Rosebud is the result of a 4 minutes pilot film created to investigate the possibilities of 3D technology in Video Dance. The title makes reference to a famous film sequence in Orson Welles’ film "Citizen Kane": A crystal ball drops out of the protagonists hand and as it rolls into a close up shot, it establishes a rather bizarre perspective. At this moment the protagonist speaks out "Rosebud". In the 3-D Rosebud film, a dancer starts out from an orange transparent ball and dances a sequence which traces a diagonal in space, allegorically making the same journey as the mentioned crystal ball in "Citizen Kane's" sequence. 3D imaging accentuates dramatically the relationship between the dancer and the space she inhabits, achieving a fascinating hyperrealist synergy of dance and space. Space in the context of 3-D dance film is not perceived simply as a flat background or backdrop in which a dance takes place, but via the filming technique, space itself is as important as the dancers movements. The film was created at the Computer Sytems Institute ETH Zurich with students of that Institute.

Special thanks are due to Dr. Cary Kornfeld and his class for the technical realization and to Prof. Luc van Gool and his Computer Vision Laboratory who kindly helped us to play the film on their stereo system.


Etsuko Maesaki (JPN)

The Waterbell Project is a sound installation based on the Japanese 'Suikinkutsu'. Suikinkutsu ("Water Harp") is a unique feature of Japanese gardens. It consists of a large earthen jar with a hole in the bottom. This jar is buried upside down into the ground next to a water basin. When the waterdrops seep from above into the jar, they make a sound somewhat similar to what you would hear in an underground cave. The Waterbell Project consists of five vessels standing in a basin. A tube directs drops of water to the top of each of these vessels. When they drip into the water inside the vessels a sound can be heard. The frequency of the drops and the amount of water in the basin is controlled by a computer. At the same time this computer gathers realtime data from the internet: The price of oil in Japan and the temperature of the ocean. The frequency of the waterdrops dripping into the vessels corresponds with the temperature of the ocean, the water in the basin raises and drops with the price of oil, hence changing the quality of the sound made by the drops.


Amy Alexander (USA)

SVEN (Surveillance Video Entertainment Network) is a system that can be set up in public places - especially in situations where a CCTV display might be expected. The system can be configured for either a mobile unit or stationary location, and consists of cameras, video display, speakers and software. The software consists of a custom computer vision application that tracks pedestrians and detects their characteristics, and a real-time video processing application that receives this information and uses it to generate music-video like visuals from the live camera feed. The resulting video and audio are displayed on a monitor in the public space, interrupting the standard security camera type display each time a potential rock star is detected. The idea is to humorously examine and demystify concerns about surveillance and computer systems not in terms of being watched, but in terms of how the watching is being done - and how else it might be done if other people were at the wheel...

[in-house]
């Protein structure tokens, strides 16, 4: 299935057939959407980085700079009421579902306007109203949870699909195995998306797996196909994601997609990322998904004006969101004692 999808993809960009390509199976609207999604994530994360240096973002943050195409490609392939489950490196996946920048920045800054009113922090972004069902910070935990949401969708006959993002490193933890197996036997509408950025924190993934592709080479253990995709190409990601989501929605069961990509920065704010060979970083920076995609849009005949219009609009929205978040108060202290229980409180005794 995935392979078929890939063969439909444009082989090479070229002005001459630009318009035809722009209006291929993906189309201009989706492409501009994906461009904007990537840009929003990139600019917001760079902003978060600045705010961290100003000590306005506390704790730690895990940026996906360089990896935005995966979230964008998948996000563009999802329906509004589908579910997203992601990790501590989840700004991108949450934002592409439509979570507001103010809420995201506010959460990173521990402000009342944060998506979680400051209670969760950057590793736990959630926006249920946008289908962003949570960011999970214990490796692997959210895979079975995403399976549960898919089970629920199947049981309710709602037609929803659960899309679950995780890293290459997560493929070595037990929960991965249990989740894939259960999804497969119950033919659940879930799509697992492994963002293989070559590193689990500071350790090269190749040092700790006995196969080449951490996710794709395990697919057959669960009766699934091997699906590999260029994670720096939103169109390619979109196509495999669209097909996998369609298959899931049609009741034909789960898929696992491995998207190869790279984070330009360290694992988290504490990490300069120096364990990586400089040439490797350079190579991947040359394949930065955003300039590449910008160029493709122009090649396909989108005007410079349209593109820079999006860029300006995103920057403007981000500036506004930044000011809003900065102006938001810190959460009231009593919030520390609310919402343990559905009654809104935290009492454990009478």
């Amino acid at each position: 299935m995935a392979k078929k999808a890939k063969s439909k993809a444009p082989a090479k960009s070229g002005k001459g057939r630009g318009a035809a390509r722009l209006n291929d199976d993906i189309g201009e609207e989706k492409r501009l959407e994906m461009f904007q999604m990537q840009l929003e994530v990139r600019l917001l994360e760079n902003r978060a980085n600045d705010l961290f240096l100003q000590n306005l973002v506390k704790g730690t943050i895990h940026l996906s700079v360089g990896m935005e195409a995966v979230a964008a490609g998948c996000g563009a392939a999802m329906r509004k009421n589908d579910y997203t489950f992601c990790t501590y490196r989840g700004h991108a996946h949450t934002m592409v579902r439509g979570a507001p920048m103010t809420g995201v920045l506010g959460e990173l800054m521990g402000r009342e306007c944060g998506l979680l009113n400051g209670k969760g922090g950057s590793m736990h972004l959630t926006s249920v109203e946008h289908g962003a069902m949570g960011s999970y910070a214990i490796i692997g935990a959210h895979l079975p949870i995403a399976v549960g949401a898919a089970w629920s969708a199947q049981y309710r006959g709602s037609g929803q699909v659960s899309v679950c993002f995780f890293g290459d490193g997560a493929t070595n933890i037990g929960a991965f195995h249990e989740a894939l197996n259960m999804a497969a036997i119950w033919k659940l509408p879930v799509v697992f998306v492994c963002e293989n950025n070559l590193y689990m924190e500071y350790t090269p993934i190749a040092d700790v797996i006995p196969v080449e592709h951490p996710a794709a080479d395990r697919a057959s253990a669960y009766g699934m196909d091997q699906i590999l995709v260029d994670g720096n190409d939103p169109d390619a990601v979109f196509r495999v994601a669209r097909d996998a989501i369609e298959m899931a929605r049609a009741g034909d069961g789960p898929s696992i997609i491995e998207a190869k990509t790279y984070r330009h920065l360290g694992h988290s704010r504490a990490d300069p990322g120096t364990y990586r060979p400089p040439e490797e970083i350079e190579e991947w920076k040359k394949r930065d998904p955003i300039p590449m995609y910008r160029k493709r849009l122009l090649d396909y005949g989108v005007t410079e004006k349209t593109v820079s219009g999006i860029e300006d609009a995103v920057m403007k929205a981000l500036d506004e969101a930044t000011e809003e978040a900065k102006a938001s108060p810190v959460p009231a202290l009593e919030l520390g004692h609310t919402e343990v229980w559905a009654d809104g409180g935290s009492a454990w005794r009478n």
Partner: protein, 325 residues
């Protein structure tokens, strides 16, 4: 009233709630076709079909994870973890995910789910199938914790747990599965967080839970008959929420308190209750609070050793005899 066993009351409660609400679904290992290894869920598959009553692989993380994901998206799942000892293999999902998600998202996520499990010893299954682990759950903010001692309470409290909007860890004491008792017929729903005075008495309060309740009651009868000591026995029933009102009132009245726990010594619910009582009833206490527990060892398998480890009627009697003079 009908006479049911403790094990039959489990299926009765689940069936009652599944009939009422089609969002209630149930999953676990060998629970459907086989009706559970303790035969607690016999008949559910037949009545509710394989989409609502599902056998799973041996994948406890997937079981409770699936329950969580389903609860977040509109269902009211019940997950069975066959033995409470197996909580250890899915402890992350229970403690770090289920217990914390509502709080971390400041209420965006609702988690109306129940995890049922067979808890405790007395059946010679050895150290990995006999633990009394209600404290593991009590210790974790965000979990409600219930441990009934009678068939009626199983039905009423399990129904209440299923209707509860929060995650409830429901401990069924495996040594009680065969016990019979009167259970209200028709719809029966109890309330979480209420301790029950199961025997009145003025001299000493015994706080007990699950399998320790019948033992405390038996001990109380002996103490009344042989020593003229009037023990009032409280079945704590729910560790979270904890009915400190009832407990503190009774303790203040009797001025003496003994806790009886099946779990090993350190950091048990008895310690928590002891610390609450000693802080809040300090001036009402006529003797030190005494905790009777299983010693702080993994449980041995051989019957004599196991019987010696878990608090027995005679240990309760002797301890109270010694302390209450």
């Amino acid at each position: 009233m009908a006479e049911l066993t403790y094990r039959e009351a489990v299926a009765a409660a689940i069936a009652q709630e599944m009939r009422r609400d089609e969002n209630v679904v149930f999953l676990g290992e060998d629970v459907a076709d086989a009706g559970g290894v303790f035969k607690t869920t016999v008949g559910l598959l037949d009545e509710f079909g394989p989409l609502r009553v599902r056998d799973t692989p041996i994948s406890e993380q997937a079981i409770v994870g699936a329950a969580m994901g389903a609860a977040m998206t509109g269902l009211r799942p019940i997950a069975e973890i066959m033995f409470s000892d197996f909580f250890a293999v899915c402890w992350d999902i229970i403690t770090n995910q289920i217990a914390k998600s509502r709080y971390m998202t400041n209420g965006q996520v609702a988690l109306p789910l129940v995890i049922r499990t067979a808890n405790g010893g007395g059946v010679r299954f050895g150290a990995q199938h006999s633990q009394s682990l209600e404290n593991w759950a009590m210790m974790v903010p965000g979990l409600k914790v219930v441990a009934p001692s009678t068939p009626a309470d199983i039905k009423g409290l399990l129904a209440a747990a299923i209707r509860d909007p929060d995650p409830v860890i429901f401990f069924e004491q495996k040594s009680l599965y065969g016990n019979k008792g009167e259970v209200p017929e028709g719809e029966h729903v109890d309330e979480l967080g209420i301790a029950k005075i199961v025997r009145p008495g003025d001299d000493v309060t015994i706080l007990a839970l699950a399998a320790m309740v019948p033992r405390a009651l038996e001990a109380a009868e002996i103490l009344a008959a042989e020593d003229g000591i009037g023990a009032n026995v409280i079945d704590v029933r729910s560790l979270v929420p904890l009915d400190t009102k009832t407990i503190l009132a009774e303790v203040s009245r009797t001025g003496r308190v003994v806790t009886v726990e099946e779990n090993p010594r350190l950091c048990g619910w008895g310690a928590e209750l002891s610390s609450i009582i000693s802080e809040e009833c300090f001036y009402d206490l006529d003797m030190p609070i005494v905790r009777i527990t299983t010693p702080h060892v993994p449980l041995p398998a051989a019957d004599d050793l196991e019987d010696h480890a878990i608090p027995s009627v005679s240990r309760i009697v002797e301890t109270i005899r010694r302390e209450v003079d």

Will Pappenheimer (USA)

Motion Still Life 1 extends the artistic tradition of the picturesque and spatial object arrangement into the domain of the Internet. A live Web camera frames a physical still life scene with vase, flowers and still life objects. Through its counterpart website, aesthetic controls allow internet viewers from anywhere to adjust the composition telematically in the distant space of the gallery. The Internet user is the surrogate artist. The time and space of the scene is ever-changing and accessible for the moment that becomes the still life. Exhibition visitors are able to see virtual participants configuring the still life through object movement, blinking LEDs connected with online activity, and multi-colored lighting for night time or alternative illumination. The mechanism is constructed from a self-contained network pan and tilt surveillance camera which has been disassembled and reconfigured for a more friendly gesture.


Heinrich Lüber & Corebounce (CH)

"In der Performance spreche ich über zwei Stunden endlose Wortketten und projiziere diese gewissermassen von Innen an eine meinen Kopf umgebende Sphère. Die sich selbst dekonstruierende Sprache wird durch eine interaktive Technologie umgeformt und in Lichtform auf die Sphère und den Umgebungsraum zurückgeworfen. Die Projektionen zeigt eine Virtualität im Sinne einer "plastischen" Verformung in Möglichkeitsräume hinein. Das die Figur umgebende Halbrund bildet eine Andeutung einer zweiten Schicht dieses dynamischen Raumsystems, die begehbar ist und worin der Zuschauer sich als formender/aktiver Mitspieler in diesem System erleben kann." (Heinrich Lüber) → | →

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Page last modified on December 30, 2012, at 12:36 PM